I feel like most of what I write is critical or negative. I want to take space to acknowledge the positive when I can. That’s important. That’s probably called, or may resemble something like, balance.
So, today was a good day!
A few weeks ago, I wrote about “owning this” and talked, generally, about how I’ve been experiencing some tough stuff and what that feels like. Those challenges are still incredibly real. They’re pervasive and unbelievably difficult. They’re even a bit dangerous in the ways they present themselves. [It’s a huge accomplishment for me to recognize and state this – just saying] Since then though, I’ve had some amazing conversations with friends and mentors. I realized the utility of a support system in a different and more meaningful way than I have in the past. I appreciated my friends who created a space where I could articulate how truly miserable, scared, and uncertain I’ve been feeling. I privileged honesty and speaking my struggle in spaces where I felt safe.
I really hit a low point (I’m sill very much there) where I felt out of control. It’s like you know rationally that the behaviors you’re exhibiting aren’t healthy but you can justify them, contort them, and separate them from “you” right up until the moment when you can’t anymore and then the reality, gravity, and urgency of the situation feels so heavy, so crushing, it’s unbearable to attend to or face. I didn’t have the words to argue when my friends suggested I needed some support. It also wasn’t a time that I was asking for support. [you know you have amazing friends when you don’t need to ask] I’m pretty sure that when you get to such a defeated place, the arguments against seeking some help don’t hold water anyway. At the same time, though, I didn’t want to face it. I felt like if I did nothing in response to their concern that it wouldn’t be real. If I could keep avoiding it then, maybe,”I” wouldn’t need help. Turns out, the effort I spent avoiding all of this was, perhaps, more cumbersome than facing these struggles head first and bringing them into the light.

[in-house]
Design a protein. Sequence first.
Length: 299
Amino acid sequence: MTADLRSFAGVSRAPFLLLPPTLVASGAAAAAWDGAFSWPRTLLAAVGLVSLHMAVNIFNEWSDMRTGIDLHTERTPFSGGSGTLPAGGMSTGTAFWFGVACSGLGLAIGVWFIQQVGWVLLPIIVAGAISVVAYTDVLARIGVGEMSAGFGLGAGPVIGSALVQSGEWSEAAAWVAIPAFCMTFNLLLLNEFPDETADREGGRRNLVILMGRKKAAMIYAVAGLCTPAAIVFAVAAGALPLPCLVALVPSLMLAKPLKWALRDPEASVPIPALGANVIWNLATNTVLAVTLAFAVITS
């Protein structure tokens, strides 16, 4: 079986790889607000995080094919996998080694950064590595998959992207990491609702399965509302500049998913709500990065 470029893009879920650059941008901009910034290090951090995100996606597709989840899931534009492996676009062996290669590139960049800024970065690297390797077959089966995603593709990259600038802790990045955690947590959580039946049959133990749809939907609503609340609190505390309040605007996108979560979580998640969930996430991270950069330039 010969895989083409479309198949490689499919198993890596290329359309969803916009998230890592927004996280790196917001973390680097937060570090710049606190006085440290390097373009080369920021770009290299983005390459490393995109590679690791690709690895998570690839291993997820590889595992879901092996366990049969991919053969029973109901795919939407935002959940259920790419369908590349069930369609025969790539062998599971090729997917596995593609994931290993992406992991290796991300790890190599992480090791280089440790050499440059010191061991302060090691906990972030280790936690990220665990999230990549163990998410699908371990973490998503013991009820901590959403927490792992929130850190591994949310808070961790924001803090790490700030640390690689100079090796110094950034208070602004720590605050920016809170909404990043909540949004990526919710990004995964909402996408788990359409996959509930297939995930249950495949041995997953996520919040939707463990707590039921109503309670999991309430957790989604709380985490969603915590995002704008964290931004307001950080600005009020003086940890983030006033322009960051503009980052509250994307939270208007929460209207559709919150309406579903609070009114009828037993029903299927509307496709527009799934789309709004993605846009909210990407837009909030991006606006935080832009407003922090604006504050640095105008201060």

This past week, I heard a lot of things I really didn’t want to hear but I also realized the importance of both seeking out and receiving support. Throughout all these conversations two statements have been super influential for me: “I believe/hear you.” [validation] and “What do you need [from me]?” [support]. However, aside from just hearing these words, what’s been essential has been how I’ve responded to these statements. I accepted my friends’ feedback, their care, their warmth, attention, love, and guidance. Previously I didn’t want to respond to their outreach. I didn’t want to acknowledge their concern. What was different this time was that I shared my space, made myself vulnerable, and felt the true reciprocal nature of friendship. Specifically, I learned how necessary it is to allow or welcome [I tried “let” but it seemed too tied up in oppressive language, like laying down and “taking” their help] others’ supports. You don’t have to face this all alone. Asking for help or accepting it represents a different type of strength. It more closely resembles self-awareness and demonstrates that you know how to harness and leverage your resources in a way that lets you present your best self each day.
So, this week I did some evaluating and made some important, necessary decisions (with the help of some amazing friends and a little motivator called accountabili-buddies [in other words, my friends getting on my case – because they care]). The interesting thing is, when the clouds parted and the sun shined through [that’s my interpretation of how it feels the moment you experience relief – when you realize everything is not hopeless and things will in fact be okay, with some work and a whole lot of “next steps”] I acknowledged how seriously deep and detrimental this struggle has been.
Acknowledging and naming this, owning this, has been one of the most difficult and also inspiring and empowering things I’ve done in a long time. So, today was a good day. Today I did something so incredibly scary but also so necessary. I did something specifically for me. And many of the anxieties I had were lifted when I realized it was okay to not be “okay” and that for even an hour I didn’t need to spend all my energies on keeping up appearances. I could be genuine and admit my personal truths. Recognizing myself in this moment [even when this version of “me” feels so unrecognizable] had a positive impact I wasn’t prepared for. Embracing support didn’t feel as scary or weak as I expected it to feel. Rather, it felt reassuring. I felt like I could finally breathe today, like I could focus today. Today I felt worthy and (recently) uncharacteristically energized. I felt light and most importantly I felt safe.